We consciously observe our environment and consciously design artefacts to change it ---- I will not enter an argument as to the good or bad of this --- we do it. From the first 'discovery' using a stone to open a nut by some so called animals, to the construction of a massive infrastructure and the artefacts that go with it, all this is recognised as being conscious design. However by crossing the divide, of our own making, between inorganic to organic we abruptly stop, design is now no more than chance, or so according to Darwin. Consciousness starts with US, that's it! Apart from anything else is this not a supreme arrogance?

Perhaps the above example of the Automobile could be included under an enhanced Darwinism? Conscious design only served to accelerate the progress of Evolution and Natural selection,. Automobiles would have covered the Planet irrespective of Human intervention, it only would have taken longer!!! This is a ridiculous idea, counter to all logic!

Continuing in the same vein, we accept, know, that the engine management unit was designed by Mr Weston, but not all of it, many many others contributed to the development of the components, from the insignificant wire clip to the LSI chips, all this by design. So, turning to Mr Weston why is he just considered to be 'by chance'? After all he is a highly complex machine, with a highly developed control/decision system on board! Think of the complexity, don't just look at the micro biological components the cells, genes etc. no what about the systems to extract energy from the biosphere (food/digestion), the control system (brain) and its program? Evolutionist micro biologists make much of the gene mutation in altering cells, but how do the cells come together to make, say, the liver, and why do you need such an organ in the first place? Looking only at cells is just like looking at a microprocessor in terms of P and N semiconductor, or a Diesel injector pump in the terms of terms of the metal used in its fabrication.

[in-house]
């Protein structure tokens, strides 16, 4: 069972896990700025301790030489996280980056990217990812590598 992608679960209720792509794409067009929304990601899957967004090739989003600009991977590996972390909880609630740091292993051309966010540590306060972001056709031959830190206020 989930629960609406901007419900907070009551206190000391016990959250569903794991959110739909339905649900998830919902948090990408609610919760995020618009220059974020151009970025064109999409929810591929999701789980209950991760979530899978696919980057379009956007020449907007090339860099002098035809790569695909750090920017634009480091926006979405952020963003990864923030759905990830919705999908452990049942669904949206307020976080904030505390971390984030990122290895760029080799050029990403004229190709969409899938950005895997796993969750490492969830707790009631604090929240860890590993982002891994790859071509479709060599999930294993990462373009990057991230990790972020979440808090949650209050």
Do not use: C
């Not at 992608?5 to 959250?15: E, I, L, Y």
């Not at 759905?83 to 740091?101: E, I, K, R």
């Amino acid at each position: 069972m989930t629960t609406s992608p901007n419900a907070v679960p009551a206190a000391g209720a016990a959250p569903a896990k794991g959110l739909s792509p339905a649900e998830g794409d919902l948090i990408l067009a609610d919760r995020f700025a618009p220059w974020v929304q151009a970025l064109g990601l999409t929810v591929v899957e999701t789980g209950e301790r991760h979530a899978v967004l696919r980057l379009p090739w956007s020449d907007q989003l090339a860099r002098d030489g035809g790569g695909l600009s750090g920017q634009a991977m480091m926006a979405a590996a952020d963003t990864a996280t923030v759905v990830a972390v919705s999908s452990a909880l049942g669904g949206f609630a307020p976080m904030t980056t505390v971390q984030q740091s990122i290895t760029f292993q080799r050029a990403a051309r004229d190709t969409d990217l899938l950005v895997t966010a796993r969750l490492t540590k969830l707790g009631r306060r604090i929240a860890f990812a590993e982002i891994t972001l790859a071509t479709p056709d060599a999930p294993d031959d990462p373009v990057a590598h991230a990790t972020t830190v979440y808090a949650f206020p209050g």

All the above reminds me of a pro creationist booklet a friend gave me in disgust, he being a science graduate. But I'm NOT a Creationist! so what am I suggesting? Your web site mentions Gaia, and also teleology, which you appear to disregard. I do not know what teleology means other that it's just ol Creation in another guise, I also saw a mention of scientific Creationism somewhere, also ridiculed. If there is a creation force, then I would require a logical explanation as far as possible. A Father figure, God, is unsatisfactory as it implies a point in space from whence all came, could be the Big Bang though? That space time could posses consciousness is another idea, but that's been hi-jacked by the New Agers, however it still remains as an interesting area. The term Consciousness is the key, as it implies understanding and logic in decisions, and I think the answer lies in the ultimate question "What is Consciousness?" Not an easy one!